The Common Craft Blog

This blog is where we announce new videos & talk about the power of explanation & the change it can create. 

We want to help you and yours understand the game of soccer and get the most out of the World Cup 2014!

Coming this week, we’ll publish a free online #SoccerGuide that makes learning about soccer (internationally known as Football) quick and easy.

This is not your average guide. It includes over a dozen animations that cover the most confusing aspects of the sport - all in the form of Common Craft explanations.

It's almost ready, and the front page of the guide will look something like this:

Common Craft Soccer Guide

We love the animations, which are not videos, but animated GIFs. We call them ExplainerGIFs - an animated GIF that explains an idea.

I've included one below that explains the format of the World Cup tournament. It’s 44 seconds long, loops automatically and has no sound.

If you know anyone who is "soccer curious", this guide will help them understand "the beautiful game". Stay tuned!

Meet Maybe - The Newest Addition to Common Craft

Posted by: leelefever on May 22, 2014- 11:53am

Comments

Categories: bosco, Dogs, maybe, our work

A few years back, we introduced you to Bosco, our faithful mascot. If you're a subscriber to our newsletter, you've seen him grow up. 

Apparently one dog was not enough.  We now have a 3 month old puppy at Common Craft headquarters named "Maybe".  She's half Bernese Mountain Dog and half Standard Poodle - a "Bernedoodle". And yes, she will be a big dog - likely around 70 pounds. While her names is Maybe, we're pretty sure she's a keeper. :) 

Here are a few photos to enjoy before the long weekend:

This is Maybe at about 10 weeks:

Maybe at 10 Weeks

Bosco has been very tolerant, even as she turns into a projectile puppy.

Maybe the Puppy at 3 Months

She's a little bigger now, but still has those sharp puppy teeth. We all (including Bosco) are ready for those things to go away.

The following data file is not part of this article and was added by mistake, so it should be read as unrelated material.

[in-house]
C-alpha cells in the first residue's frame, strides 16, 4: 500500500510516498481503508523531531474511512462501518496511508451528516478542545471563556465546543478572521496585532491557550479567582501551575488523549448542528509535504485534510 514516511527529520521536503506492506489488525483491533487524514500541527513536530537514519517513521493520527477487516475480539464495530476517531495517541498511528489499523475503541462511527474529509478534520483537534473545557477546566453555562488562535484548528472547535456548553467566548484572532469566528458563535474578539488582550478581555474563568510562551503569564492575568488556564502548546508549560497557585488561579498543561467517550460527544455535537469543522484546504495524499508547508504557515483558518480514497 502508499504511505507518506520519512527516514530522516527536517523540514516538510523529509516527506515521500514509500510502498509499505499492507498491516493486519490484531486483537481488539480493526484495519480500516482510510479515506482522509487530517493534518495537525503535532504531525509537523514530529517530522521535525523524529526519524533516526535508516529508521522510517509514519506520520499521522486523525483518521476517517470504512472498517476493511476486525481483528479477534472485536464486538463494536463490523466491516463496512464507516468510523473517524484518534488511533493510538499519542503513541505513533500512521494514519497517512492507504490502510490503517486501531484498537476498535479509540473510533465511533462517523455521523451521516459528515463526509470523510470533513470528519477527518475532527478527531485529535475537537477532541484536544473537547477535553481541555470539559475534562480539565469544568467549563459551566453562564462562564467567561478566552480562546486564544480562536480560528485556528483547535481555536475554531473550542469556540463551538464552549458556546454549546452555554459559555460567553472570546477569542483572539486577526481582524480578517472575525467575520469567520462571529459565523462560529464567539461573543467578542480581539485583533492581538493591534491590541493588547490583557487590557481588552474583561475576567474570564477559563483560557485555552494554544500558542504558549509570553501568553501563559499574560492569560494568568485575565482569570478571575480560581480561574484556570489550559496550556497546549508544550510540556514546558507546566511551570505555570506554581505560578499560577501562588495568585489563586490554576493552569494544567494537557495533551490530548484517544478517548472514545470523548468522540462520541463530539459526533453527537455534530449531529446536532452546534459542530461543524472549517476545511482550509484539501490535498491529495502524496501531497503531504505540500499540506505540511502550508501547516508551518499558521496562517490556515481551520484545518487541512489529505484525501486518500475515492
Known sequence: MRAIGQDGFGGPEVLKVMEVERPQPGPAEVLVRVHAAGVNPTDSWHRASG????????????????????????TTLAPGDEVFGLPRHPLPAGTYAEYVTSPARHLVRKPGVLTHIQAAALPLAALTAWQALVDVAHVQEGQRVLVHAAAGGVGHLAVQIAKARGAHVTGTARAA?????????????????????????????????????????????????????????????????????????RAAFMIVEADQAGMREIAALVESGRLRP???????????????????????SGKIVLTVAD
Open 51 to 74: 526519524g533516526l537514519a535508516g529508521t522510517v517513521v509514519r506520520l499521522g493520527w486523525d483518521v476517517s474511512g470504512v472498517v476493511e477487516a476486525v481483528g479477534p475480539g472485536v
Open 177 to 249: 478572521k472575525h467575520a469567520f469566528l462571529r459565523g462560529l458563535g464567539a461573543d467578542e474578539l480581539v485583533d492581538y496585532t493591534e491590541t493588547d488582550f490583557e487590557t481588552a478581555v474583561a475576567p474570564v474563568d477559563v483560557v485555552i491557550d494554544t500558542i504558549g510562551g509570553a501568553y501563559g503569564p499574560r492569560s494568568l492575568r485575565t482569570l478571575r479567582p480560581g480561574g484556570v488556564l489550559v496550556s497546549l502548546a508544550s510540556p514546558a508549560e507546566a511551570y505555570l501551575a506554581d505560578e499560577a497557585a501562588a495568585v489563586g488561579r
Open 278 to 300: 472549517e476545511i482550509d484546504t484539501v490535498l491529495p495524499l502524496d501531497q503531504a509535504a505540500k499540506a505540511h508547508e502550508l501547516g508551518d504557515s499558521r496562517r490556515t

Maybe the Puppy at 3 Months

A full set of Maybe photos can be found on Flickr

We have a tradition of sharing dog photos in our newsletter. If you'd like to keep up with Common Craft videos, news and dogs, you should subscribe. You can do so at the bottom of our home page.

Have you ever watched a Common Craft video and thought - “This could really work for me if I could just make a few changes”? Now you can.

We now offer the Explainer Editor plan that includes the rights to edit any ready-made video in our library using your own software. This means our videos can become a starting point for your own projects.

Along with ready-made videos, the Explainer Editor plan also comes with all Common Craft Cut-outs as both vector art (.EPS) and normal (.PNG) image files so you can create a consistent experience.

Add or remove a scene, add a logo, change or translate the voice-over, it’s up to you.

 

Edit Common Craft Videos

 

Please note: You are welcome to share the edited videos publicly on your website, in your classroom, network, etc. However, the edited videos cannot be shared on public video sharing services like YouTube and Vimeo. If you need sharing options, please contact us.

Explainer Editor plans start at $249 a year. Get started.

Our new video explains the basics of programming computers - and specifically, programming languages.

About this video:

Computers can perform amazing feats of speed, repetition and calculation. But what they are really doing is following instructions we write in programming languages. This video is designed to help people understand the role of programming languages in computers.
What it Teaches:

How do we tell computers what to do? Using the simple example of a computer controlling an oven’s temperature, we show how programming languages turn our ideas into instructions the computer can use. It teaches:

  • Why programming languages matter
  • How programming languages provide instructions to computers
  • How we give computers a way to make decisions
  • Why programming is challenging and important

Watch it now...

We'd also like to recognize Jay Fienberg of Juxtaprose for his technical help on this video and others. Thanks Jay!